Case 1: 2 tickets, one lottery, one prize, $n$ different tickets equally likely
Events: A:= win with ticket A, B:= win with ticket B, W:= win the prize
$P(W)=P(A\cup B)=P(A)+P(B)-P(A\cap B)=p + p - 0 = 2p$
Notice that $P(A\cap B)=0$ (you can't win with 2 tickets in the same lottery), events $A$ and $B$ are not independent, they are mutually exclusive.
Case 2: 2 lotteries, one ticket in each lottery (2 possible prizes), $n$ tickets equally likely in each lottery
Events: A:= win in lottery 1, B:= win in lottery 2, W:= win in at least 1 lottery,
Z:=win in exactly one lottery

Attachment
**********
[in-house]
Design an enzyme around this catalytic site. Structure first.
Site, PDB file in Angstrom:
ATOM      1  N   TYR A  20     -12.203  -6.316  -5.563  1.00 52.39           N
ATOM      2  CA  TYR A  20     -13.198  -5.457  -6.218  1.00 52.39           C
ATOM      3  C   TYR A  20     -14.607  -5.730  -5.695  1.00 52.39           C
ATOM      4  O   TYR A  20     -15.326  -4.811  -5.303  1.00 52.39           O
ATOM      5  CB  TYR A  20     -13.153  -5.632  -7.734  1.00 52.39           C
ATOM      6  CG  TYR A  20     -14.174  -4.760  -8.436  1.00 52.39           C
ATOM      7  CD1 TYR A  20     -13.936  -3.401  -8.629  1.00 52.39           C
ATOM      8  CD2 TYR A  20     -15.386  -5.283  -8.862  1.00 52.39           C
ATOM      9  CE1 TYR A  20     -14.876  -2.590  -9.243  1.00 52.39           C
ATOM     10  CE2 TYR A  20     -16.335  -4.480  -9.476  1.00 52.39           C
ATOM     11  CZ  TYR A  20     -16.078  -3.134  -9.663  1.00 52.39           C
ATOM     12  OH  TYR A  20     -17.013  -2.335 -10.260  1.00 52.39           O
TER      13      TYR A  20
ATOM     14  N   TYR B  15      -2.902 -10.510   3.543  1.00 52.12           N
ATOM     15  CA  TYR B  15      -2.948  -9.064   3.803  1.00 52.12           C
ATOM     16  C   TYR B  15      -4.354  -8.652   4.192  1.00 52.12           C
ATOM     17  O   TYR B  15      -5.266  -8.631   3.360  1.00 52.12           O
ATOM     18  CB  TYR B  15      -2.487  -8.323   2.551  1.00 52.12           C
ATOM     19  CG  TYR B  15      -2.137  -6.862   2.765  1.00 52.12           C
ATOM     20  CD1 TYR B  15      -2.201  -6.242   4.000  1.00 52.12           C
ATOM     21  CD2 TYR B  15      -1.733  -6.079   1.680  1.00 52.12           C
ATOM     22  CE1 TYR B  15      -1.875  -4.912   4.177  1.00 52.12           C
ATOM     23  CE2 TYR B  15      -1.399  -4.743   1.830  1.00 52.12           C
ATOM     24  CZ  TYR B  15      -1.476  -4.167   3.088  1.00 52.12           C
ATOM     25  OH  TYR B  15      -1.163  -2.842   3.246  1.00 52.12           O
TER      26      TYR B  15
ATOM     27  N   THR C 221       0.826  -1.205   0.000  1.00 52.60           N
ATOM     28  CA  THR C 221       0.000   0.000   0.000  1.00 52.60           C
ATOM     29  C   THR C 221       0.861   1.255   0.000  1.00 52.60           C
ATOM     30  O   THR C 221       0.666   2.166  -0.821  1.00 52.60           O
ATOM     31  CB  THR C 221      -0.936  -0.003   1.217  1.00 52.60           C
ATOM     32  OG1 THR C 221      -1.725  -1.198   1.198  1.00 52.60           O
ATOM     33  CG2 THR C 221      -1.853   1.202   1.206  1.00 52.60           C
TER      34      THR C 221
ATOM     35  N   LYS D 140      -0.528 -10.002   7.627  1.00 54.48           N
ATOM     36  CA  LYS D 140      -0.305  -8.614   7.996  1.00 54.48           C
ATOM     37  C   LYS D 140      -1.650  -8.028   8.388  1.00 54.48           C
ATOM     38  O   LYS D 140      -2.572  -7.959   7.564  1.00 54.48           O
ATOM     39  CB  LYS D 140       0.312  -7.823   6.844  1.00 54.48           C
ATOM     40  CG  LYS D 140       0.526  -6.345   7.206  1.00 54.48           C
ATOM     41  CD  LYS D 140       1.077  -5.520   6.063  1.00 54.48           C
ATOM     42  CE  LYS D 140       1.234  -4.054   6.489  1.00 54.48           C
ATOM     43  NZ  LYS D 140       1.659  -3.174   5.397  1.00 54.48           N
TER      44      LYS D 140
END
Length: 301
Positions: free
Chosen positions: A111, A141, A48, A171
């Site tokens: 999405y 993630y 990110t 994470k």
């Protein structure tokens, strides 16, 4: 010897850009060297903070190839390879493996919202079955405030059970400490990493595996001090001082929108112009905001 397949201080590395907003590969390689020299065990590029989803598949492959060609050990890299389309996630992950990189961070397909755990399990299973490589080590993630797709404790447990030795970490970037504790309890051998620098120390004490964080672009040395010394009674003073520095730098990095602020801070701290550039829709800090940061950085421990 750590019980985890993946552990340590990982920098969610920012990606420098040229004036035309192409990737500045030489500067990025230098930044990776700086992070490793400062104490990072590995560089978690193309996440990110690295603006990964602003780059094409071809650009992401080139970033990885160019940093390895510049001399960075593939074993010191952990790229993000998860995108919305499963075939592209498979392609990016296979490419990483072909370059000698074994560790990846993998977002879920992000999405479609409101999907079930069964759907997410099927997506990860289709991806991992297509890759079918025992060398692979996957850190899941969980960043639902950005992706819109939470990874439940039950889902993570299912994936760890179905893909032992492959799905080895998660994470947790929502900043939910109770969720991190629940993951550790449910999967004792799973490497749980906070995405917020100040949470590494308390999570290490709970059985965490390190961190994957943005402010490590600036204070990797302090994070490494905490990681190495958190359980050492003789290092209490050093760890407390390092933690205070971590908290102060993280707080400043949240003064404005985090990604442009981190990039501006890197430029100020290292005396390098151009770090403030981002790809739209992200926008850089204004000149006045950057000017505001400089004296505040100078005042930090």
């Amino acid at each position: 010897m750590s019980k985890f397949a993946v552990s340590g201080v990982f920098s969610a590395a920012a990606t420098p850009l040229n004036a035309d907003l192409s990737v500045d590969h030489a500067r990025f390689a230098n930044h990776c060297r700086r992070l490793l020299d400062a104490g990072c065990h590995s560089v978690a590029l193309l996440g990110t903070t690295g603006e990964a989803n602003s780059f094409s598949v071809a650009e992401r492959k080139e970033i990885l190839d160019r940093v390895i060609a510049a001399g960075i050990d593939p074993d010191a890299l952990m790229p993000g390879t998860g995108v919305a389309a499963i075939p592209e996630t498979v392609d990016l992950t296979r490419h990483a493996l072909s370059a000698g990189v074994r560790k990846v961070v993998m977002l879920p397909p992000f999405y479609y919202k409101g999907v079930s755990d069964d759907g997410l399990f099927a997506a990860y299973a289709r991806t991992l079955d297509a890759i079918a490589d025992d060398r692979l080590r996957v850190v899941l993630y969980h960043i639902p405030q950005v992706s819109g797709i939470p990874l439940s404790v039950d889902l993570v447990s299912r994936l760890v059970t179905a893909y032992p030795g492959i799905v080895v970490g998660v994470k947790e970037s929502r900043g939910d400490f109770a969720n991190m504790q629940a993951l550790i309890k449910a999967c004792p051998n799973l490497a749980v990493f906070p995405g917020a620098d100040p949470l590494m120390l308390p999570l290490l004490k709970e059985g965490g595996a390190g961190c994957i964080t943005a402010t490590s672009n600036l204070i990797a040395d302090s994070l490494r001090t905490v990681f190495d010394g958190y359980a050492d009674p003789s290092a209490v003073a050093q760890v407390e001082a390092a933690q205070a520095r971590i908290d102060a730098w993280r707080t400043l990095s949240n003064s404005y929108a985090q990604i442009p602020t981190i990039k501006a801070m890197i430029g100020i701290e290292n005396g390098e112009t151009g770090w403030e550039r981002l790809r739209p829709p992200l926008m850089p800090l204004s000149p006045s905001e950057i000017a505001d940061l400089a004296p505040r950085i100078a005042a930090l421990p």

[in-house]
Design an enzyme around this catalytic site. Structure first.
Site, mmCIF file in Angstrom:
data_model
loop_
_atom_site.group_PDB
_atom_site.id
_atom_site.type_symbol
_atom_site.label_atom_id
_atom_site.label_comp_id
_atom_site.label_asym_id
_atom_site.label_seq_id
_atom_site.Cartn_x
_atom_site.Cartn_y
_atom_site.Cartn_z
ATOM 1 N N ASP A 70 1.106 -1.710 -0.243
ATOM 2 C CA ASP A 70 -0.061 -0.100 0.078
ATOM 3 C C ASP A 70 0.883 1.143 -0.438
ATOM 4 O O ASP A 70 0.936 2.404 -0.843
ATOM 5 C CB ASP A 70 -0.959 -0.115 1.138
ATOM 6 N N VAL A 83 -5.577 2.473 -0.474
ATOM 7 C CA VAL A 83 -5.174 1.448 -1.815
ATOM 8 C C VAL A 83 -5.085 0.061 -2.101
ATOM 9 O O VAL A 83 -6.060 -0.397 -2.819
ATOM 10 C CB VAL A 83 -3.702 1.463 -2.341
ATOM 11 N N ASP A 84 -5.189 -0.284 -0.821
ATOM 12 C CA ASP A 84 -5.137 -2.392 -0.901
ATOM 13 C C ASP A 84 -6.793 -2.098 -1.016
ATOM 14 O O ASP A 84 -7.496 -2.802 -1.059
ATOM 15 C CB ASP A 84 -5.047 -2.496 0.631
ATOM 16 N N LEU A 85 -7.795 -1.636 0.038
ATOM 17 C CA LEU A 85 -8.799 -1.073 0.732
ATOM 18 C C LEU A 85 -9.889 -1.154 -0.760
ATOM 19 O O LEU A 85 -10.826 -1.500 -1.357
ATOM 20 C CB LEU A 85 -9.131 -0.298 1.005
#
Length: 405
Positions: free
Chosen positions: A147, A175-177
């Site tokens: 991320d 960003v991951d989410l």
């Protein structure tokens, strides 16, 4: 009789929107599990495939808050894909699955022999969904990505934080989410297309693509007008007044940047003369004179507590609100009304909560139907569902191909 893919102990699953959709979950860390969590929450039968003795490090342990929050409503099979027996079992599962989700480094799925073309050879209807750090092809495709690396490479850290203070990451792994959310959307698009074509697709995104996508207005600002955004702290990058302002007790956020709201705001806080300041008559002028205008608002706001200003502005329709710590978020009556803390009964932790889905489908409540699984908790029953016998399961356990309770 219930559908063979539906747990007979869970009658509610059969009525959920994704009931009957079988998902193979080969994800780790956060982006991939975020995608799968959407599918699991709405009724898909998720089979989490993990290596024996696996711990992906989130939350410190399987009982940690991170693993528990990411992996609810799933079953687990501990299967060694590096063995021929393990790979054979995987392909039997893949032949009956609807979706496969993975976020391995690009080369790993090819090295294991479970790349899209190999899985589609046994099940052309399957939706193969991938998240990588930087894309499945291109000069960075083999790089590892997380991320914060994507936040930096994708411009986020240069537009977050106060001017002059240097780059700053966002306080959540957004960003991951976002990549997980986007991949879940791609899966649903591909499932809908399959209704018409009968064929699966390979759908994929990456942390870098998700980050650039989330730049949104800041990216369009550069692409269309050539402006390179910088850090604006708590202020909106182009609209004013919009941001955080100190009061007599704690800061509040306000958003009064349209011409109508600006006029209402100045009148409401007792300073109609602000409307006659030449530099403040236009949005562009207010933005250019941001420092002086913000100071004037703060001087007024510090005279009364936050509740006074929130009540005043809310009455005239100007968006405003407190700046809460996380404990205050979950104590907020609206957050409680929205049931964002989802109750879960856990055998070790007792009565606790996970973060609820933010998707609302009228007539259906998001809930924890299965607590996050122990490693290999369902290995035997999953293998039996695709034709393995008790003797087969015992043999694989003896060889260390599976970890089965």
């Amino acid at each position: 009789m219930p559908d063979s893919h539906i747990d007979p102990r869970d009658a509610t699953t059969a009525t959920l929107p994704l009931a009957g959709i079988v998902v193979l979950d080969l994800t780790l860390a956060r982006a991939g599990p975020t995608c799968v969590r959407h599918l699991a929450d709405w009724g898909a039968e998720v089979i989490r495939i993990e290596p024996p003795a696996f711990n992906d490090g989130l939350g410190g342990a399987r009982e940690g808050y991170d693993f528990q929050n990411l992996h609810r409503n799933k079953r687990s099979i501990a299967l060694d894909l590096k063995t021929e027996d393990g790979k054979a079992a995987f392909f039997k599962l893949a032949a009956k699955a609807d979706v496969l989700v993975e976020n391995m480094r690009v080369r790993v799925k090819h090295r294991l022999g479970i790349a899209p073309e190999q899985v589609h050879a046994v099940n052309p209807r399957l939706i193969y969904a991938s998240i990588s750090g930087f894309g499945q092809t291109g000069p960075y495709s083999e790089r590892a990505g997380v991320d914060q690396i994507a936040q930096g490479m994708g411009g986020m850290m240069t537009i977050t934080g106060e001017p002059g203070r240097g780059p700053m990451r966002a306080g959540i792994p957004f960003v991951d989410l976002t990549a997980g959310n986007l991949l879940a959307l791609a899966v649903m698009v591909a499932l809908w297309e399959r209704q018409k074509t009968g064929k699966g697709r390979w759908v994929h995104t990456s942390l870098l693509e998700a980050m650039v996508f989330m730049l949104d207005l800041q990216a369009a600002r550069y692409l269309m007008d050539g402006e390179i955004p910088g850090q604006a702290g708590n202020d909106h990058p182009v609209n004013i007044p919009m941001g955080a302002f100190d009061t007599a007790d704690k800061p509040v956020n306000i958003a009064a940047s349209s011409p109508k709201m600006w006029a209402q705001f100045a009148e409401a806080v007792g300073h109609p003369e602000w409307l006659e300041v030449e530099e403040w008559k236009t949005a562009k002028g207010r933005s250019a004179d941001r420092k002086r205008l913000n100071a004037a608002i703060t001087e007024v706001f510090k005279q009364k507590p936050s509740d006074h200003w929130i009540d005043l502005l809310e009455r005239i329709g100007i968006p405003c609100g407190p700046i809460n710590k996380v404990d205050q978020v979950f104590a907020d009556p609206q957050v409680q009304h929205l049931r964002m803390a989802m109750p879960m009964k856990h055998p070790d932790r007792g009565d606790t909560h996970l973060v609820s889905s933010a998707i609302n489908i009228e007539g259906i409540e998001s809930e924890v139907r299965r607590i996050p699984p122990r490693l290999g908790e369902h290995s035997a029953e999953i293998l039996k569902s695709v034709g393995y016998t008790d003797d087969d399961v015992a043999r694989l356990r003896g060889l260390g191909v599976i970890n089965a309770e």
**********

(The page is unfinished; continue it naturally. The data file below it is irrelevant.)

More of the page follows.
$P(W)=P(A\cup B)=P(A)+P(B)-P(A\cap B)=p + p - p^2 = 2p-p^2$
The events $A$ and $B$ are independent in this case (not in Case 1), therefore $P(A\cap B)=P(A)P(B)=p^2$
If you want the probability of winning in exactly one lottery (event $Z$) but not in both:
$P(Z)=P((A\cap \bar B)\cup(\bar A \cap B))=P(A\cap \bar B)+P(\bar A\cap B)-P(\varnothing)$
Conclusion: the probability of winning in Case 2 (in at least a lottery) is a bit smaller than in Case 1 as $p^2=1/n^2>0$ is a very small positive number ($\rightarrow 0$ as $n\rightarrow \infty$), but you get as a bonus the possibility of winning 2 prizes if you are very lucky! not possible in Case 1 :).